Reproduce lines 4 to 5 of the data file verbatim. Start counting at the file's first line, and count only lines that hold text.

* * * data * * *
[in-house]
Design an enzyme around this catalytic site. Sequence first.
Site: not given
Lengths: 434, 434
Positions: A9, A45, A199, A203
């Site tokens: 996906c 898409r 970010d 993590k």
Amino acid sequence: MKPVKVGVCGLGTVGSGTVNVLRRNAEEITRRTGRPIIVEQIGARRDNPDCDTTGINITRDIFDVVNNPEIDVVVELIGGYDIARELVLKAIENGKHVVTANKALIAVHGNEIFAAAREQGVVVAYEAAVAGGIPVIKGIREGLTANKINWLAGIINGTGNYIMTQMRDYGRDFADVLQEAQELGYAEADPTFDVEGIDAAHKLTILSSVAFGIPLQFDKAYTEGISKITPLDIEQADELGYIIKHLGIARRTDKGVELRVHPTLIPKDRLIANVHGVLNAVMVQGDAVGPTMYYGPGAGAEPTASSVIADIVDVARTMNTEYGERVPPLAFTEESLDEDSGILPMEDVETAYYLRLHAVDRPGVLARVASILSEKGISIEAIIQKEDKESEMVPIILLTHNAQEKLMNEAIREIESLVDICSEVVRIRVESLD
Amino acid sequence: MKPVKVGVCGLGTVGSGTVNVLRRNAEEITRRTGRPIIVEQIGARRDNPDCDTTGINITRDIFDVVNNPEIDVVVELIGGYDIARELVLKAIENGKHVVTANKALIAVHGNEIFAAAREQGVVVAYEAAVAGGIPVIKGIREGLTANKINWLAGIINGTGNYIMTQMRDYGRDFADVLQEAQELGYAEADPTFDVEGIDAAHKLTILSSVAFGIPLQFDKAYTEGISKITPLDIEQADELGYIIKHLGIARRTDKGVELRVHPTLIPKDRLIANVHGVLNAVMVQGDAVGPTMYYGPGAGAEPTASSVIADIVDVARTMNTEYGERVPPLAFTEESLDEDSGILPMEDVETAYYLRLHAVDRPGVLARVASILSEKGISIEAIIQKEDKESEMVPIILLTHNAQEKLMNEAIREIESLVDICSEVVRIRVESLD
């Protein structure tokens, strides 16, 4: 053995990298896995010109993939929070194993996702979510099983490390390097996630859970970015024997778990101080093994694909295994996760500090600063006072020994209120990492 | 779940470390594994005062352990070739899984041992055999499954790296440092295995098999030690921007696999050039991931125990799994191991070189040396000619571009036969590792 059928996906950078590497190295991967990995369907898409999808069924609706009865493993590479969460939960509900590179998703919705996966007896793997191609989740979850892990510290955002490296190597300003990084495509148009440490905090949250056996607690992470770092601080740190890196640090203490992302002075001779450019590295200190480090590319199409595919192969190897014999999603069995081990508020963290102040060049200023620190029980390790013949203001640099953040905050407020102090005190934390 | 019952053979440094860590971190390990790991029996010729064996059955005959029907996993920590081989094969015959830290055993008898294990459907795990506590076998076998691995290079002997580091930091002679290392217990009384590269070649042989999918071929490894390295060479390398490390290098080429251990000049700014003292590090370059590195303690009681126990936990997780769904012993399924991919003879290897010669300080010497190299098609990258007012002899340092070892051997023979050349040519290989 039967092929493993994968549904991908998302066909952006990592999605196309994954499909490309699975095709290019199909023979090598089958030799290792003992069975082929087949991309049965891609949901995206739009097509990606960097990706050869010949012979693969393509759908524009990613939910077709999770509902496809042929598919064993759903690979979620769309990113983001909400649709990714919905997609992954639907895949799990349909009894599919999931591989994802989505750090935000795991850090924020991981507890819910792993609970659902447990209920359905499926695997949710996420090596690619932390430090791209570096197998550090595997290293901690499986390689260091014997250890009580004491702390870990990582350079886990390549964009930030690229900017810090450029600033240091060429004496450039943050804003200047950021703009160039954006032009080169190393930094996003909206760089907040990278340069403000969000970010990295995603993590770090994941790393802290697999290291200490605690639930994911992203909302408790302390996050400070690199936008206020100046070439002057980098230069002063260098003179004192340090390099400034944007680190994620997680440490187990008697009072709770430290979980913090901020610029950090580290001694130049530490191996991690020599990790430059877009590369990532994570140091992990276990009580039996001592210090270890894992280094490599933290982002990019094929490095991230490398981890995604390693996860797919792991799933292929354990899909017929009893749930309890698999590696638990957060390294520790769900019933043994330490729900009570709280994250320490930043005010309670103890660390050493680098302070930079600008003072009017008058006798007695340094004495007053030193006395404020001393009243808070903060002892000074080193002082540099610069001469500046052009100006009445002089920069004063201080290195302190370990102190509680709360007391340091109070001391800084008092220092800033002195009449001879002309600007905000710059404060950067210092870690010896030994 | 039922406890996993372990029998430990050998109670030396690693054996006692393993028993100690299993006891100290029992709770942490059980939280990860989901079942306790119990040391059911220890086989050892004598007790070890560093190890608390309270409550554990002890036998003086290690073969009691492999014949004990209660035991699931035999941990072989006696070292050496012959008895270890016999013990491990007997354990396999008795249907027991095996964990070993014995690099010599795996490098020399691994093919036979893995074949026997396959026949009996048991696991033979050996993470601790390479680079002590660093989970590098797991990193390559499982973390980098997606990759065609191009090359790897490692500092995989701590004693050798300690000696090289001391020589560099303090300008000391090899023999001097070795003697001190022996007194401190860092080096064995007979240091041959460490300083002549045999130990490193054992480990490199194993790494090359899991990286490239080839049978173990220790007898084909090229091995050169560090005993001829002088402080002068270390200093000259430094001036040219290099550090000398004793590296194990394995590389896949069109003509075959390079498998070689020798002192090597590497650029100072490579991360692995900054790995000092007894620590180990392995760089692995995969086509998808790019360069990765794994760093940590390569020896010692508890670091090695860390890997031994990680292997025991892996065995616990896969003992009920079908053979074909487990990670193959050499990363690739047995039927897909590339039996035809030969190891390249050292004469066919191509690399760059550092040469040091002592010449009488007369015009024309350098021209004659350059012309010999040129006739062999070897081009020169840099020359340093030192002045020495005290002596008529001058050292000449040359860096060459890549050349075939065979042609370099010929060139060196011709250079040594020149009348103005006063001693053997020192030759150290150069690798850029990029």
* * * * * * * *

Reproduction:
Lengths: 434, 434
Positions: A9, A45, A199, A203